# Diagonalize matrix by unitary transformation

1. Mar 6, 2014

### aaaa202

In an exercise I am asked to find the eigenvalues of a matrix A by demanding that a unitary matrix (see the attached file) diagonalizes it. I know I could just solve the eigenvalue equation but I think I am supposed to do it this rather tedious way.
Now I have introduced an arbitrary unitary matrix and performed the matrix multiplication:
U^(dagger)AU = D, where D is a diagonalized matrix.
From this last relation I should somehow be able to find the eigenvalues, but I haven't been able to so far. Have I done it wrong or is there actually a way through this messy algebra. What should I do?
Note that the unitarity demands that lu_kl^2+lv_kl^2 = 1, which I suspect could be useful, but are there any other relations, which I am missing?

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2. Mar 8, 2014

### Mugged

To do this you somehow have to know the eigenvectors of A; these eigenvectors v_i would form your matrix U, i.e. U = [v_1 v_2 ... v_n]. Not really sure about the unitary matrix assumption..it could be just that by making D be unitary, then D is said to diagonalizable and therefore your equation U^T*A*U = D holds.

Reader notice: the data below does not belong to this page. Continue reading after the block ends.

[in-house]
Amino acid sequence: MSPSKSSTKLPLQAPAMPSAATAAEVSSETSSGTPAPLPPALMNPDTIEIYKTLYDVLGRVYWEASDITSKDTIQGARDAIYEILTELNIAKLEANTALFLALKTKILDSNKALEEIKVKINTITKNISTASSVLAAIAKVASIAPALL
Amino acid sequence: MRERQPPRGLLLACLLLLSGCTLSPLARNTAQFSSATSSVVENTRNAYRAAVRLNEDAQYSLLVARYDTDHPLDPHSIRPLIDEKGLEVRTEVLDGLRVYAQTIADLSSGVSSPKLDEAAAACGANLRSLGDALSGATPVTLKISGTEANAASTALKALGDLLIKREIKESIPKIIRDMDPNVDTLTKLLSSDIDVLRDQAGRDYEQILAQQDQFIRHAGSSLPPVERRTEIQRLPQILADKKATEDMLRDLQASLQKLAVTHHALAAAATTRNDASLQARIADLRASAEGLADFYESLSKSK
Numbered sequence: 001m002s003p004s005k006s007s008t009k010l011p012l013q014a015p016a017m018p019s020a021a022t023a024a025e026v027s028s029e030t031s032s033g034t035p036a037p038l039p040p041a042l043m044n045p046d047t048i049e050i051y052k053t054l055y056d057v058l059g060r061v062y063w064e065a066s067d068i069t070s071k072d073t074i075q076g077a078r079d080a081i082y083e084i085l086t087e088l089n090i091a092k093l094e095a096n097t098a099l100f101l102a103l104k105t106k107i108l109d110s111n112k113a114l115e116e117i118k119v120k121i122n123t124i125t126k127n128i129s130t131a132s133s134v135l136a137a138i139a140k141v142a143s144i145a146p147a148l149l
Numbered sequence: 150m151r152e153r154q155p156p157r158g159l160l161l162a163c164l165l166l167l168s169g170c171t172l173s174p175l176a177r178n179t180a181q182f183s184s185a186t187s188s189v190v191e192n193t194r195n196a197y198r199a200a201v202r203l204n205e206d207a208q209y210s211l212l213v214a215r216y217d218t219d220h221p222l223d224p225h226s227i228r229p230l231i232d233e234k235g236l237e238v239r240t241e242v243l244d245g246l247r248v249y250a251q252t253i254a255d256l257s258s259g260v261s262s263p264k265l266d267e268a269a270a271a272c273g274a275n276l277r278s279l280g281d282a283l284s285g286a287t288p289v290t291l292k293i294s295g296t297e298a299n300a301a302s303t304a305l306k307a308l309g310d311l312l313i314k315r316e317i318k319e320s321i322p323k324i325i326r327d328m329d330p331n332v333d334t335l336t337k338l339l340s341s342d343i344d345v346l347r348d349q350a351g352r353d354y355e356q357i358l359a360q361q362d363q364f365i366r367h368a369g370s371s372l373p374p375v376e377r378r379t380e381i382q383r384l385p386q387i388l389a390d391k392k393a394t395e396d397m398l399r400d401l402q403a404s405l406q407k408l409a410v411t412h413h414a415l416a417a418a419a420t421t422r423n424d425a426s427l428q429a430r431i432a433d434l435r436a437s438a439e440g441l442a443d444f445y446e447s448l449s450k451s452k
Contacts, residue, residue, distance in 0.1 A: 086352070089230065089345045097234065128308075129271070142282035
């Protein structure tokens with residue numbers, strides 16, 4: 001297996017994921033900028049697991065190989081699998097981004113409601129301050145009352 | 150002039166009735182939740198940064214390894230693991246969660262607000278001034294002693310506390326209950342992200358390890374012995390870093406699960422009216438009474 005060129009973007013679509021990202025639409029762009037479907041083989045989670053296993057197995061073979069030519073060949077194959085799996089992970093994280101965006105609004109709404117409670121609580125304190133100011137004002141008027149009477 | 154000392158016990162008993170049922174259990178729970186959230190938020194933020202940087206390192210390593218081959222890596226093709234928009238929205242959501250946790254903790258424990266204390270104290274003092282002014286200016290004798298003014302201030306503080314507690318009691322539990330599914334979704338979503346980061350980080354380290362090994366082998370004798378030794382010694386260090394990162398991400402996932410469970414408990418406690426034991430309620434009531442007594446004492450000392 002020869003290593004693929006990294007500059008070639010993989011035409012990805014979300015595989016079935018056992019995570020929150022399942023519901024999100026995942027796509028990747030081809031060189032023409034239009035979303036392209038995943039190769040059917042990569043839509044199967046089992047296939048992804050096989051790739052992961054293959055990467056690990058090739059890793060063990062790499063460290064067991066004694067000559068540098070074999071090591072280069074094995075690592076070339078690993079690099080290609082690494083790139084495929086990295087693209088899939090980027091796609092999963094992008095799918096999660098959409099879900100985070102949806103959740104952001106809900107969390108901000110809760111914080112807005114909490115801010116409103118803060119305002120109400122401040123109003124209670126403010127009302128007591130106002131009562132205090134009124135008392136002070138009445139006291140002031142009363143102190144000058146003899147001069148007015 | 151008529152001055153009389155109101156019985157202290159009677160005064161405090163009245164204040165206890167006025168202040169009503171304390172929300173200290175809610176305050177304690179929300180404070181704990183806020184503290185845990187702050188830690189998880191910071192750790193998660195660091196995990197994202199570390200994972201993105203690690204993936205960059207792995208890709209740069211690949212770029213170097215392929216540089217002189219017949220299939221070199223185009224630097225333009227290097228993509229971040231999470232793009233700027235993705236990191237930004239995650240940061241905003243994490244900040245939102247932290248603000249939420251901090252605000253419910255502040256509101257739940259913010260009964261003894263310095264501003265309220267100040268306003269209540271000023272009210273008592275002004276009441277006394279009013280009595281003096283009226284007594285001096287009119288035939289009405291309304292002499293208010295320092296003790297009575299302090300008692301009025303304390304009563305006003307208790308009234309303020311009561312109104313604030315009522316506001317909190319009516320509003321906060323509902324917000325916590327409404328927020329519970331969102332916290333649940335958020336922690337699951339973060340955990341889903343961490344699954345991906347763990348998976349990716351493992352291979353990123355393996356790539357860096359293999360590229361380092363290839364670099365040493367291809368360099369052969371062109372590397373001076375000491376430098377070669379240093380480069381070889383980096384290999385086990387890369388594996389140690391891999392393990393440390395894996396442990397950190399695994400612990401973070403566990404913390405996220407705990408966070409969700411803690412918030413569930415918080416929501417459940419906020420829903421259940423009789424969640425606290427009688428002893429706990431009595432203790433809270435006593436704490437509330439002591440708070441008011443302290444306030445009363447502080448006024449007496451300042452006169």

3. Mar 8, 2014

### Mugged

Oh you should check the wiki page for unitary matrices...there are some extra properties. The eigenvectors must be orthogonal.

4. Mar 9, 2014

### aaaa202

But I am guessing you can write up a general unitary matrix U and then by demanding that it diagonalizes A, you can find the eigenvalues. At least that is how I think the exercise is thought, but it is much easier to just solve the eigenvalue equation.

5. Mar 9, 2014

### Mugged

yeah so from the pdf you uplinked thats exactly what is done. you have formulae for the eigenvalues in terms of the matrix elements from A and U. I assume you know A immediately, and maybe you can eliminate the eigenvector terms using the cross diagonal equations. The notation seems to be a bit excessive.